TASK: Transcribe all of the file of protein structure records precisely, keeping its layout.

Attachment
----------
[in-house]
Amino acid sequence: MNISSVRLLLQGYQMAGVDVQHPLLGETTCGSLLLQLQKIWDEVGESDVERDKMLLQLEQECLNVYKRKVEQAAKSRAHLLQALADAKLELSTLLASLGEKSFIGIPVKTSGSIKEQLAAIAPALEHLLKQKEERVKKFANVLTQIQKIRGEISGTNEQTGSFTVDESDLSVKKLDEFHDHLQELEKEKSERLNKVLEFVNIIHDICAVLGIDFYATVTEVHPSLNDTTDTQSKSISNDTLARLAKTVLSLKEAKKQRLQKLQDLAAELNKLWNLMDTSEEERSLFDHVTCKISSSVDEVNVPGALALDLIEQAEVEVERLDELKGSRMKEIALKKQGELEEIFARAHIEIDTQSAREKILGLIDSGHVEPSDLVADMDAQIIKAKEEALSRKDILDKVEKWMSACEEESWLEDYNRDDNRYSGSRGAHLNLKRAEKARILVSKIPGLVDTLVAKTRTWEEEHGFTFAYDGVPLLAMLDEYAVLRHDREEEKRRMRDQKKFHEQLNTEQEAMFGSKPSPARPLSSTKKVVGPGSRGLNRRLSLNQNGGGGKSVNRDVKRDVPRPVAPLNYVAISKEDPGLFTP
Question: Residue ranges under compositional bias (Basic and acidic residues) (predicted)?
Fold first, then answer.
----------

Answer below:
[in-house]
Amino acid sequence: MNISSVRLLLQGYQMAGVDVQHPLLGETTCGSLLLQLQKIWDEVGESDVERDKMLLQLEQECLNVYKRKVEQAAKSRAHLLQALADAKLELSTLLASLGEKSFIGIPVKTSGSIKEQLAAIAPALEHLLKQKEERVKKFANVLTQIQKIRGEISGTNEQTGSFTVDESDLSVKKLDEFHDHLQELEKEKSERLNKVLEFVNIIHDICAVLGIDFYATVTEVHPSLNDTTDTQSKSISNDTLARLAKTVLSLKEAKKQRLQKLQDLAAELNKLWNLMDTSEEERSLFDHVTCKISSSVDEVNVPGALALDLIEQAEVEVERLDELKGSRMKEIALKKQGELEEIFARAHIEIDTQSAREKILGLIDSGHVEPSDLVADMDAQIIKAKEEALSRKDILDKVEKWMSACEEESWLEDYNRDDNRYSGSRGAHLNLKRAEKARILVSKIPGLVDTLVAKTRTWEEEHGFTFAYDGVPLLAMLDEYAVLRHDREEEKRRMRDQKKFHEQLNTEQEAMFGSKPSPARPLSSTKKVVGPGSRGLNRRLSLNQNGGGGKSVNRDVKRDVPRPVAPLNYVAISKEDPGLFTP
Question: Residue ranges under compositional bias (Basic and acidic residues) (predicted)?
Fold first, then answer.